What was once a dive patronized by mostly locals looking for a late-night bite now requires stanchions at certain times to hold back the hordes of curious diners looking to experience one of the French Quarter’s most lauded spots for tasty cheap eats. Fame hasn’t changed Coop’s much—the bartenders and servers have always been cranky—and filling favorites like rabbit jambalaya, shrimp Creole and fried chicken are still top-notch.


Willie Mae’s Scotch House

This legendary Treme restaurant has been serving soul food and list-topping fried chicken since 1957. The eatery gained nationwide fame when it won a James Beard award for best classic restaurant in the Southern region. Soon after, the floods following Hurricane Katrina caused severe damage, but the food community rallied and helped bring the venue back by 2007. Since then, Willie Mae’s has been named America’s best fried chicken spot by the Food Network, the Travel Channel and more—for good reason. 



Amidst the chaos (and, let’s face it, uncouthness) of Bourbon Street is a refined, old-line restaurant where waiters wear black bow ties and business people make deals during marathon lunch-into-dinner sessions. Here you’ll dine on famed traditional Creole dishes like shrimp rémoulade and trout amandine.

Photograph: Shutterstock

Cafe du Monde

While there’s only one dish available at this restaurant, it’s a famous one. Cafe du Monde’s beignets are a beloved local treat, an affordable indulgence available at any hour. The brand is known around the world, and many a celeb and influencer have posted a powdered sugar-covered selfie.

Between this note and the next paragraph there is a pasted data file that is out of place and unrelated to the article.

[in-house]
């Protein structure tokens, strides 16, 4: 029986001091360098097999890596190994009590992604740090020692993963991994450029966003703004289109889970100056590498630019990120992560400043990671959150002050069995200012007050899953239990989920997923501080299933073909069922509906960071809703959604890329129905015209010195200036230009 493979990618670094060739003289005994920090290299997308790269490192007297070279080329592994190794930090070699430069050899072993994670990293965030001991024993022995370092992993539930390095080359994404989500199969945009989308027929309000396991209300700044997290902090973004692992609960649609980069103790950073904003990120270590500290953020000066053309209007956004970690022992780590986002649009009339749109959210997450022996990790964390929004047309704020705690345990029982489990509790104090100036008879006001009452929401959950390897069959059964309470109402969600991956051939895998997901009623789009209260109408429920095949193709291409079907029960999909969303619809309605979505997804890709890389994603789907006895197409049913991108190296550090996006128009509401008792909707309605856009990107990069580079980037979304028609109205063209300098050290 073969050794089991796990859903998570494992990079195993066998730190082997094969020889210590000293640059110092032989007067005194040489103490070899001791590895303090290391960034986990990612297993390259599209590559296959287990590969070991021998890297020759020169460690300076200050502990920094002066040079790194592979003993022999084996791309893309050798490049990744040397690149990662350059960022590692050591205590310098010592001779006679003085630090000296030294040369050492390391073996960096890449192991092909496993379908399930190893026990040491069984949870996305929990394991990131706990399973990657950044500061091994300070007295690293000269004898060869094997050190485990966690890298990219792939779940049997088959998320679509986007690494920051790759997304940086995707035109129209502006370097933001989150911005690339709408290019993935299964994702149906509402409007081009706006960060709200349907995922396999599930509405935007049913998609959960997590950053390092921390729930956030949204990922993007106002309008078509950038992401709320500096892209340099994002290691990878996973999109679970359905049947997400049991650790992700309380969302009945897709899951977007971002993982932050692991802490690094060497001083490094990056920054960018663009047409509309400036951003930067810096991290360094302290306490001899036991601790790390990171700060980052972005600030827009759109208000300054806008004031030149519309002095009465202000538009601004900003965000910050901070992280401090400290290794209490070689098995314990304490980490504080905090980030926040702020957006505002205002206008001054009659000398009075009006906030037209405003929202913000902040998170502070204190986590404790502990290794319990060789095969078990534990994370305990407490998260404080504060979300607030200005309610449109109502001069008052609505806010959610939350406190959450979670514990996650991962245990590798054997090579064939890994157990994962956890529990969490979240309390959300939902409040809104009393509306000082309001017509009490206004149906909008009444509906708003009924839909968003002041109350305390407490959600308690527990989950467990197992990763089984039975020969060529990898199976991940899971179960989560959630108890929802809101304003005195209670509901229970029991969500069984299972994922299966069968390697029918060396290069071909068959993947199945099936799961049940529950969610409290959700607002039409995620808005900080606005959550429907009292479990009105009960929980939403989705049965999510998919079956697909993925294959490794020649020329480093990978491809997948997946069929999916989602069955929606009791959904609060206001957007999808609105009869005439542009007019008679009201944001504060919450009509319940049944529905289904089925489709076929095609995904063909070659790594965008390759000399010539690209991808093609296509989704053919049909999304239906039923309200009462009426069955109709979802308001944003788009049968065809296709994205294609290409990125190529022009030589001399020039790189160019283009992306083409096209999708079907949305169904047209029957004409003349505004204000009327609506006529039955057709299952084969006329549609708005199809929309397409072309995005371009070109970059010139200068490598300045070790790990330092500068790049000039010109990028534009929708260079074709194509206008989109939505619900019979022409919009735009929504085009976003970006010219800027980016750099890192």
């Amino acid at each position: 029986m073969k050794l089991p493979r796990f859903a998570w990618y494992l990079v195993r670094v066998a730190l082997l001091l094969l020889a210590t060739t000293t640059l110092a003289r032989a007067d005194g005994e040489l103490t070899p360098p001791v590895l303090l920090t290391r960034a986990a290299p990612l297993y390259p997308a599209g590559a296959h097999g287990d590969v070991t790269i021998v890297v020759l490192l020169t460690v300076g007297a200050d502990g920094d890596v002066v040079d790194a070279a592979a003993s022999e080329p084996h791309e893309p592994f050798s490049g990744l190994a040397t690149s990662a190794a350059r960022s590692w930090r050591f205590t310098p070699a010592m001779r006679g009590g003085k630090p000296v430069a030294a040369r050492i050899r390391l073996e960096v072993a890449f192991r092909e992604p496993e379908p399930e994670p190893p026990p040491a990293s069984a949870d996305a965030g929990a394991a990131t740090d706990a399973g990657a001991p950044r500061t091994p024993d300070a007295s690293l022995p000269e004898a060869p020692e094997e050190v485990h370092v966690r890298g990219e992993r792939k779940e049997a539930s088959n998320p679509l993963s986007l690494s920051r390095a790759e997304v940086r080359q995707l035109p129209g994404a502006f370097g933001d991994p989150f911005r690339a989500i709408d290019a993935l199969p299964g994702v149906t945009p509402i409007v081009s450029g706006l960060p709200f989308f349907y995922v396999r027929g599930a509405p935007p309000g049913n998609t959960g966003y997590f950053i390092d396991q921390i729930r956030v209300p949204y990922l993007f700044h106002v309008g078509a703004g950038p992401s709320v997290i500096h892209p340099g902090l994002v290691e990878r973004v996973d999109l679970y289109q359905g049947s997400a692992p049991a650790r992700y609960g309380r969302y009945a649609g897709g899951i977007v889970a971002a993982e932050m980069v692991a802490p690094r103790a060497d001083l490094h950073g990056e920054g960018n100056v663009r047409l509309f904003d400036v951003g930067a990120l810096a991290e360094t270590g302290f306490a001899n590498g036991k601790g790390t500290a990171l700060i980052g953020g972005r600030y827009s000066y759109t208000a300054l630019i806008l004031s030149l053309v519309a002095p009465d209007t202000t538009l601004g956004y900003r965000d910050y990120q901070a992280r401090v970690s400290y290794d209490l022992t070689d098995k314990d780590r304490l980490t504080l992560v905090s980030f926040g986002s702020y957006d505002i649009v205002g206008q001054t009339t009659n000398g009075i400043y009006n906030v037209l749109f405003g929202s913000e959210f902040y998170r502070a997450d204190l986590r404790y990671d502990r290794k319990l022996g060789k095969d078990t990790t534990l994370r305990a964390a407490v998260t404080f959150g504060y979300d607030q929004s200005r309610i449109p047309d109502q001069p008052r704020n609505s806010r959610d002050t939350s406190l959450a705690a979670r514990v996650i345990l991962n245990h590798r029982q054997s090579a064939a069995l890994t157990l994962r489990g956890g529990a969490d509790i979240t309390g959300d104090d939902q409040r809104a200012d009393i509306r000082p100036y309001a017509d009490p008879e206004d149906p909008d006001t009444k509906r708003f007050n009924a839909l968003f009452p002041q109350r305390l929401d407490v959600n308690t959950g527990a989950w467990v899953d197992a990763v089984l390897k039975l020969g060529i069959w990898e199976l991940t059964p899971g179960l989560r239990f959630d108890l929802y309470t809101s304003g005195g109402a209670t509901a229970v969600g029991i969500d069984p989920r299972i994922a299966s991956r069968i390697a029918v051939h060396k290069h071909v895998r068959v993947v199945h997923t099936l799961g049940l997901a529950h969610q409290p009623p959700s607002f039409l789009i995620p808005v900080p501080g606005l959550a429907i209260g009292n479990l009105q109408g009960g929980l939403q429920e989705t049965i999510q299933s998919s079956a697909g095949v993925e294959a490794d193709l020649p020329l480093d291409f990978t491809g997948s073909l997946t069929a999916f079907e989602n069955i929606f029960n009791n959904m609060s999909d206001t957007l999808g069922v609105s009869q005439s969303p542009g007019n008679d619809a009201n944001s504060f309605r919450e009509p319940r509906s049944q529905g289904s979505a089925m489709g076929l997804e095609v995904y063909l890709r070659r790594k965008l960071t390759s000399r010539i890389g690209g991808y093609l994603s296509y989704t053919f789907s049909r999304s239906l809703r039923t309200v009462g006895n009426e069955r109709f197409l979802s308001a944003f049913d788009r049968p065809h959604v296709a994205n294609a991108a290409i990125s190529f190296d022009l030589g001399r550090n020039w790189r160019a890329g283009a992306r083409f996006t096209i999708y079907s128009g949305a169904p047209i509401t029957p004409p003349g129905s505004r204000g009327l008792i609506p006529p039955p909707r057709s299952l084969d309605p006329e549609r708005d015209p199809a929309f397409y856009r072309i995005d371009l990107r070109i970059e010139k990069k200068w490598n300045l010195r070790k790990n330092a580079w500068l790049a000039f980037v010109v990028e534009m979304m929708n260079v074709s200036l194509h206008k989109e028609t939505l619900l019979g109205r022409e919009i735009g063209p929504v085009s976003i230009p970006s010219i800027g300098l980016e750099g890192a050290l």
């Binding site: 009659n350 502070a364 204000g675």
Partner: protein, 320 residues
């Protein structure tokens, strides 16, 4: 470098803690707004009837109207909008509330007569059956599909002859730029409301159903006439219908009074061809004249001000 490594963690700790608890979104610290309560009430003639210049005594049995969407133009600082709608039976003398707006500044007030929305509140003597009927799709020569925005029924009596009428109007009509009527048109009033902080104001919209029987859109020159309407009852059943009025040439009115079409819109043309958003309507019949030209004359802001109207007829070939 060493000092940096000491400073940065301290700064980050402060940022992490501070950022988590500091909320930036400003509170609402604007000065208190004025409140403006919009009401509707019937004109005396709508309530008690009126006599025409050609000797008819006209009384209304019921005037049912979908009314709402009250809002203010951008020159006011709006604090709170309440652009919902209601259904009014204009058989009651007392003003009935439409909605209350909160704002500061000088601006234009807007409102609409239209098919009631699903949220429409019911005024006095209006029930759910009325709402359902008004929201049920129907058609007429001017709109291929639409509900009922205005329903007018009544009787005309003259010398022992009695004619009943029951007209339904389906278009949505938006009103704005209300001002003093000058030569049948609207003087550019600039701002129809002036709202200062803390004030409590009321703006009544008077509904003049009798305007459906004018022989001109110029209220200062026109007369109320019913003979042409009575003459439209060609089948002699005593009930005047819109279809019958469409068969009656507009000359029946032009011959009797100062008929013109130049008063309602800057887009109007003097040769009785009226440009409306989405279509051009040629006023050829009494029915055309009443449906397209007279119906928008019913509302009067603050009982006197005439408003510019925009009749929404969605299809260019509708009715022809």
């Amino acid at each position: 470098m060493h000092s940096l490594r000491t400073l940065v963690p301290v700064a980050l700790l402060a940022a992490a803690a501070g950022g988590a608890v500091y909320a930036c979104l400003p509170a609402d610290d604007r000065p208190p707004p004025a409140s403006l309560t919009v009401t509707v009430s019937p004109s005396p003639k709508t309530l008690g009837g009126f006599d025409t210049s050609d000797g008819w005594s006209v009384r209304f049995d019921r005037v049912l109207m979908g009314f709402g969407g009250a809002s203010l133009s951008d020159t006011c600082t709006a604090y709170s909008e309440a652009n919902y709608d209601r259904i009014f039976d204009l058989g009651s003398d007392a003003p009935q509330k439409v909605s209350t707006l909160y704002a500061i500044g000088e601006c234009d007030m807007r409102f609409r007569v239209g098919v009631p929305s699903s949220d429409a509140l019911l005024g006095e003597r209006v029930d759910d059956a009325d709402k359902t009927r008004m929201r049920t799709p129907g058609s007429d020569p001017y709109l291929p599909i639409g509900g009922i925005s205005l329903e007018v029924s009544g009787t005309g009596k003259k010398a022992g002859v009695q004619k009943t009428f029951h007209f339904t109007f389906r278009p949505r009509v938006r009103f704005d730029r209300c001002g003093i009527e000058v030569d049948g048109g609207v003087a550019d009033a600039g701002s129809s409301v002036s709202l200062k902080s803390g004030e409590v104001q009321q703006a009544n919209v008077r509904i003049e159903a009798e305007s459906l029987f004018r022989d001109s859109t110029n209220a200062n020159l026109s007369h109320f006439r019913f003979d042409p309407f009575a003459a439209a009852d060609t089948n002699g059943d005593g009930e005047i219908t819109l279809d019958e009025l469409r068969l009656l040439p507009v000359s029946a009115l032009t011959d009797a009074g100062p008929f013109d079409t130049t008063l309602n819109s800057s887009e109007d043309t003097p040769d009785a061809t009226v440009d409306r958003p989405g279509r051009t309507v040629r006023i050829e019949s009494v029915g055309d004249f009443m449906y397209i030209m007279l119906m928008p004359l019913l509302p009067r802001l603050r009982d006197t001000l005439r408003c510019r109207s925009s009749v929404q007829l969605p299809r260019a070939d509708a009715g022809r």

Napoleon House
Photograph: Shutterstock

Napoleon House

Though it was named after him and offered to him as a place of refuge after his exile from France, Napoleon never made it here. This 200+ year old landmark carries on with his name though, serving thousands of Pimm’s Cups and muffulettas to locals and tourists alike. Grab a seat in the courtyard and keep an eye out for the ghosts that are said to haunt the place.



This French Quarter beauty is notable for numerous reasons, not the least of which is its designation as the oldest continually-operating restaurant in the U.S. This is where oysters Rockefeller and eggs Sardou were created, and other delights such as soufflé potatoes and the flaming café brûlot are revered. The grand rooms, including the mirrored Rex Room, are visually stunning and have appeared in films like The Pelican Brief, The Client and JFK.


Toups' Meatery

At chef Isaac Toups’ Mid-City restaurant, he combines 300 years of Cajun family traditions with sophisticated fine dining training to create elevated rustic dishes like fried rabbit liver, pork rillettes and fried quail. His big personality pops up all over town, and he has been

nominated multiple times for James Beard awards.



After all these years, “Bam!”—chef Emeril Lagasse’s signature finishing flourish—remains a well-known catchphrase. His flagship restaurant in the Warehouse District is still going strong after 30 years. Dine on contemporary Louisiana cuisine and finish up with Emeril’s famous banana cream pie. 


Port of Call

Alongside Hurricanes and Hand Grenades, the Monsoon is one of New Orleans’ most potent concoctions. At the edge of the French Quarter, you’ll find locals and tourists alike packing the dimly-lit Port of Call for this party-starting drink. Fortunately, quality sustenance is on hand in the form of the kitchen’s famous half-pound burgers that come with a baked potato on the side. 




Meticulously researched lists of the best fried chicken in New Orleans generally omit Popeyes; given its iconic status, this local favorite stands on its own. The chain was born here and retains its Louisiana flavor with crunchy, perfectly-spiced chicken. More than just chicken though, Popeye’s is also beloved for its red beans and rice and gut-busting biscuits.